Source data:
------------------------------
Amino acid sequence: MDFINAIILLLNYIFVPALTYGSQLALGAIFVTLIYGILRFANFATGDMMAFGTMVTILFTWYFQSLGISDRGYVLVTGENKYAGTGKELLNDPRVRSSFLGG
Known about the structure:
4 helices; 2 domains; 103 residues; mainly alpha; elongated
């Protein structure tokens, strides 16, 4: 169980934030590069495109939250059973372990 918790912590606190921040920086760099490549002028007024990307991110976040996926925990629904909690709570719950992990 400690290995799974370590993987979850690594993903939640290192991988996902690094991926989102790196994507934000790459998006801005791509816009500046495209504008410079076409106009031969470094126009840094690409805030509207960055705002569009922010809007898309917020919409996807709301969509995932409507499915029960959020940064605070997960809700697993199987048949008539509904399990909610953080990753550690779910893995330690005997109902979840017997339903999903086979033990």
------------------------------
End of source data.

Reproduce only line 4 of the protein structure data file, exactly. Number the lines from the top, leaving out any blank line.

């Protein structure tokens, strides 16, 4: 169980934030590069495109939250059973372990 918790912590606190921040920086760099490549002028007024990307991110976040996926925990629904909690709570719950992990 400690290995799974370590993987979850690594993903939640290192991988996902690094991926989102790196994507934000790459998006801005791509816009500046495209504008410079076409106009031969470094126009840094690409805030509207960055705002569009922010809007898309917020919409996807709301969509995932409507499915029960959020940064605070997960809700697993199987048949008539509904399990909610953080990753550690779910893995330690005997109902979840017997339903999903086979033990």